Chris Hani’s killer Janusz Walus to remain behind bars
By Zelda Venter 3h ago
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Pretoria – The killer of SACP leader Chris Hani, Janusz Walus, has lost his bid for leave to appeal the refusal of his release on parole in the Supreme Court of Appeal.
Judge Elizabeth Kubushi, sitting in the high court in Pretoria and who earlier turned down the bid for parole, said there was no prospect of success in the Supreme Court.
Walus had asked for leave to appeal the entire judgment and order handed down by Judge Kubushi.
His legal team argued that apart from them believing that the Supreme Court would rule in his favour, they believed that his constitutional rights were trampled on by his further incarceration.
This month marked the 28th year Walus has spent at the Kgosi Mampuru II Correctional Centre following the 1993 assassination of Hani.
He was arrested shortly after the killing in April and sentenced in October that year.
He was initially given a death sentence, but when this form of punishment was abolished by the government, his sentence was automatically converted into life behind bars.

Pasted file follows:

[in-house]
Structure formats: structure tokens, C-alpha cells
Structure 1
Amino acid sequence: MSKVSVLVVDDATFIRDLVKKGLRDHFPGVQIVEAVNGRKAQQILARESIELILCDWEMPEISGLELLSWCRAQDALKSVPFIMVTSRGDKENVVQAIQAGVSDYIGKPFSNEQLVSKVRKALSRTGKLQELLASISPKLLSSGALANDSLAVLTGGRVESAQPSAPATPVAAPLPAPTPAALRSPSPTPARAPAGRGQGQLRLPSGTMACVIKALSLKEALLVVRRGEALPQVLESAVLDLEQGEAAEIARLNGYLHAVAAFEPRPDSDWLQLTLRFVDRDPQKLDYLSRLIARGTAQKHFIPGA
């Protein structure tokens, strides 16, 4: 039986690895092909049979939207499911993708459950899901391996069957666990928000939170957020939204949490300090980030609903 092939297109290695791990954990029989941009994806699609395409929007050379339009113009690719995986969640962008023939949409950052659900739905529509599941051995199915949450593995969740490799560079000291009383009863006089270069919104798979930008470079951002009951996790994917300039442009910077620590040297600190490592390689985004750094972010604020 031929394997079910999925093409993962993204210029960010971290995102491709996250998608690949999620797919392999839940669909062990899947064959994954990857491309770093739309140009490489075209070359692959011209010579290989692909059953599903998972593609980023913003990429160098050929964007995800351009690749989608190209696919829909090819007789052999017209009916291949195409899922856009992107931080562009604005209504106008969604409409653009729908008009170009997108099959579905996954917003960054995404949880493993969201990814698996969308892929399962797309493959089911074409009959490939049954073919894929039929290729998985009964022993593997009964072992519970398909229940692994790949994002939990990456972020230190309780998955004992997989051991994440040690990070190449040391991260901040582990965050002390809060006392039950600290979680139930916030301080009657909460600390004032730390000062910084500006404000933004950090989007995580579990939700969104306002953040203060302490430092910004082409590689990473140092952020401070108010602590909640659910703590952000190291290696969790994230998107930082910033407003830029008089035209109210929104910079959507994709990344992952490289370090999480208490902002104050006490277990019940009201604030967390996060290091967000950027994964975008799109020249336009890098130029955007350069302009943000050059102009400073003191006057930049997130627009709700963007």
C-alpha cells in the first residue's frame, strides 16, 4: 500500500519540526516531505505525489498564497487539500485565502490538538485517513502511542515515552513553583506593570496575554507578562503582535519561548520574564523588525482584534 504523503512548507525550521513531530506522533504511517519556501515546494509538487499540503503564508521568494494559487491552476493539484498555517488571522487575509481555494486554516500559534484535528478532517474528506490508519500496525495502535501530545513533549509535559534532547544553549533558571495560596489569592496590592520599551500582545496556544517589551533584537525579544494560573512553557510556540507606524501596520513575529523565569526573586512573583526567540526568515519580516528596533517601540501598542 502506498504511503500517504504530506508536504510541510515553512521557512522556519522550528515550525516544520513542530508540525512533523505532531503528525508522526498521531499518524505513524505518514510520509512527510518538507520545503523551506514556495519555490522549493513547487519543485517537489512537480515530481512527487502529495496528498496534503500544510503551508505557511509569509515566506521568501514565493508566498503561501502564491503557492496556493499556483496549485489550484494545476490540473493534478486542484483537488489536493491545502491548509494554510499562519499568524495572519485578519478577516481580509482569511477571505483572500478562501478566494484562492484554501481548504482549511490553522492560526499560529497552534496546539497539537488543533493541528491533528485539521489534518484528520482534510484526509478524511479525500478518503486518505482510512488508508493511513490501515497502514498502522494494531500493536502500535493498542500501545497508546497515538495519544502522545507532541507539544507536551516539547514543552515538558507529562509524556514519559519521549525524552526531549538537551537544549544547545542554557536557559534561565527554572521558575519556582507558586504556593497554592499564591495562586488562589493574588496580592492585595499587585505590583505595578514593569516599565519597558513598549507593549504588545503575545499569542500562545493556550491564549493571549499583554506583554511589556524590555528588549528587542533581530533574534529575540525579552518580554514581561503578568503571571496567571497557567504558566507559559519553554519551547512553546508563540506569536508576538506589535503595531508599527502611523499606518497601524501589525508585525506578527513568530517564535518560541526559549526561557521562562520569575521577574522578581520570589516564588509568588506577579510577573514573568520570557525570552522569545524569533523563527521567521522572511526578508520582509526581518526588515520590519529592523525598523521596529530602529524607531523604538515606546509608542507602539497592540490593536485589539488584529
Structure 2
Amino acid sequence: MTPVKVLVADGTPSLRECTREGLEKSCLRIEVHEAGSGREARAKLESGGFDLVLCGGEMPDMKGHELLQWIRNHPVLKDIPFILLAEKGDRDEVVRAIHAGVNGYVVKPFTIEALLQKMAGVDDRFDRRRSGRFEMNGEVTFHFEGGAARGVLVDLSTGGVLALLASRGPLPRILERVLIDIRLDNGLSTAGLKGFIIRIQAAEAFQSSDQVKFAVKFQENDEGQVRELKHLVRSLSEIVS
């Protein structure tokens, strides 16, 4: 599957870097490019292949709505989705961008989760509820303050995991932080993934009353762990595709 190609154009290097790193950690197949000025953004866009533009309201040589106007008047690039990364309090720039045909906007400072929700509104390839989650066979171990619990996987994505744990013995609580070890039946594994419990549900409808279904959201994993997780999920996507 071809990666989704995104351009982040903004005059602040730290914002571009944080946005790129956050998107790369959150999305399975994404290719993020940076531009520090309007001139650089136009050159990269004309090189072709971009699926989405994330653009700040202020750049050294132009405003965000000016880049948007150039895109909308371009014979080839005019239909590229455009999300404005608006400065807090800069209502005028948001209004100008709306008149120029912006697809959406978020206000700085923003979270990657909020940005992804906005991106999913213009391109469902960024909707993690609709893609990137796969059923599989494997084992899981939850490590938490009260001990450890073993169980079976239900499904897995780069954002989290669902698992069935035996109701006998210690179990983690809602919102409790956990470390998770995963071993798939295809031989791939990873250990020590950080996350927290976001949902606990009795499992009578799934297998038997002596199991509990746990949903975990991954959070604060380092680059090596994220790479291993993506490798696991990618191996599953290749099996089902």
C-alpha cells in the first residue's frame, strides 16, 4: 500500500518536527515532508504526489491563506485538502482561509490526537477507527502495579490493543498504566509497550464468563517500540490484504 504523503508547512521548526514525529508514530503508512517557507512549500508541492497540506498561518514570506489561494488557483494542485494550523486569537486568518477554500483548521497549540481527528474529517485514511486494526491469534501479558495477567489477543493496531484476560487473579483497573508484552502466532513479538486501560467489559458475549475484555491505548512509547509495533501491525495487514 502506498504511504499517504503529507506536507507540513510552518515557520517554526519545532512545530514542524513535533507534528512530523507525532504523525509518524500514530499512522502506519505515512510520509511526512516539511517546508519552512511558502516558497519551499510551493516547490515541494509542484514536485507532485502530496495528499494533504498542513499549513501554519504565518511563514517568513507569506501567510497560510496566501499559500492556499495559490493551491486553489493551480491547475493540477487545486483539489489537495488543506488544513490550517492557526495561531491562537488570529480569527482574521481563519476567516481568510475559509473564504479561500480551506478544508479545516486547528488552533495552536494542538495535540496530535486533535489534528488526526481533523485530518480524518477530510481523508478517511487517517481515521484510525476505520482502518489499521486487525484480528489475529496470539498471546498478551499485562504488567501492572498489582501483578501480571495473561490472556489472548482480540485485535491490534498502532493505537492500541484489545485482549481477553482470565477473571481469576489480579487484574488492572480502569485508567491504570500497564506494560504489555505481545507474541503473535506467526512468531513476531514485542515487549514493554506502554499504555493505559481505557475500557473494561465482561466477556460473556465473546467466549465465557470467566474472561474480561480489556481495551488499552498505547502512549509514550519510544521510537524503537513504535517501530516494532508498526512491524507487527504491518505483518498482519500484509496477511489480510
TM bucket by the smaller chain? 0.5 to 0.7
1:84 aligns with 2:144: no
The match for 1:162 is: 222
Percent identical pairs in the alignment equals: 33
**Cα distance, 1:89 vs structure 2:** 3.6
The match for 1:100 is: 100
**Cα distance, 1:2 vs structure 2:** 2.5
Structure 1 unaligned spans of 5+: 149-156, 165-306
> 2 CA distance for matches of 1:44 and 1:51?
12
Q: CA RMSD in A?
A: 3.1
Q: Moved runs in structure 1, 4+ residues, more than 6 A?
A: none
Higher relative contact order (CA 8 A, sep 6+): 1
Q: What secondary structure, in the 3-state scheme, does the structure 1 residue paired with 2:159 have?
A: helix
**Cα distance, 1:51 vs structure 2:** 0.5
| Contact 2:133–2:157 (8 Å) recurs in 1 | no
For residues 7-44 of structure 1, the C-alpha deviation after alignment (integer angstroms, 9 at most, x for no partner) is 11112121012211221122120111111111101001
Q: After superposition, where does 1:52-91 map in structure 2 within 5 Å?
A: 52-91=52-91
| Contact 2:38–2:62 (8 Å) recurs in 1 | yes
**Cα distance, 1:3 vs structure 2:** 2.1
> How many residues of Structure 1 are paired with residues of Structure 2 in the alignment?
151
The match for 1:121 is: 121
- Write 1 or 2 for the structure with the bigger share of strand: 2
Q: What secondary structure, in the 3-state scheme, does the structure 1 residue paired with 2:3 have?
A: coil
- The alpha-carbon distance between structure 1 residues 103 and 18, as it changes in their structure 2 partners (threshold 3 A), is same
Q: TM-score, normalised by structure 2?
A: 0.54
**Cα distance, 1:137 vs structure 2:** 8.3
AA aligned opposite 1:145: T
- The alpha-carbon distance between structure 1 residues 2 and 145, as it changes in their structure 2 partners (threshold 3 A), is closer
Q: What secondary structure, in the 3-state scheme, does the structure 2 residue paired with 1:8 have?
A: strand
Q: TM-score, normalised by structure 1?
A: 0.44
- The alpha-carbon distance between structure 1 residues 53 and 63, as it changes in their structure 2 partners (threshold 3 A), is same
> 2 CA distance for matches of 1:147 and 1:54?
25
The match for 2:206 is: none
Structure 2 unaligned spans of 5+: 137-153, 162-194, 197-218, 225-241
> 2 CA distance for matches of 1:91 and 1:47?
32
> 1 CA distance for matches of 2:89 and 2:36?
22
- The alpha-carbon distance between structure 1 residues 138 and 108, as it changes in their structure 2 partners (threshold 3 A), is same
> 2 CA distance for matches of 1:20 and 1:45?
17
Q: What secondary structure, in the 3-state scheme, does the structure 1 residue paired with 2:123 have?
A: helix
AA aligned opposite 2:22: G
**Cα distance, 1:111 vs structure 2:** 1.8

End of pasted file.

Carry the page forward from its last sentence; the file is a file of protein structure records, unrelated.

In refusing his application to be released on parole, Judge Kubushi earlier said the argument that his further incarceration amounted to cruel and degrading punishment was unsustainable.
In the leave to appeal application, she said judges may only grant this if they were of the opinion that there was a chance the appeal may succeed. In this case, she said, there was no such chance.
She said the reasons advanced for the leave to appeal had been fully canvassed in her main judgment.
In turning to court once again, Walus’s counsel earlier told the judge that after all these years in jail and several fruitless attempts to obtain parole, it was time for the court to decide on the issue.
It was submitted that Walus had paid his dues, had genuine remorse for what he had done, and over the years rehabilitated and became a model prisoner.
In opposing parole, Justice Ronald Lamola’s legal team argued that Hani was a historical figure.
They questioned why Walus had only expressed his remorse for the assassination 20 years after the incident, when he for the first time applied for parole.
The SACP’s counsel argued for the party and widow Limpho Hani that this was a crime unlike many others in the country.
The court was told that Hani did not accept Walus’ apology, nor did she or the SACP accept that he had any remorse. They maintained that he had to remain behind bars.
In asking the court earlier to dismiss Walus’s application, Limpho Hani had set out her reasons in a 48-page affidavit.
She said it was her right not to accept his apology and no one could force her to forgive her husband’s killer.
Counsel for Walus argued that he had time and again expressed his remorse and he was regarded as a model prisoner by the officials.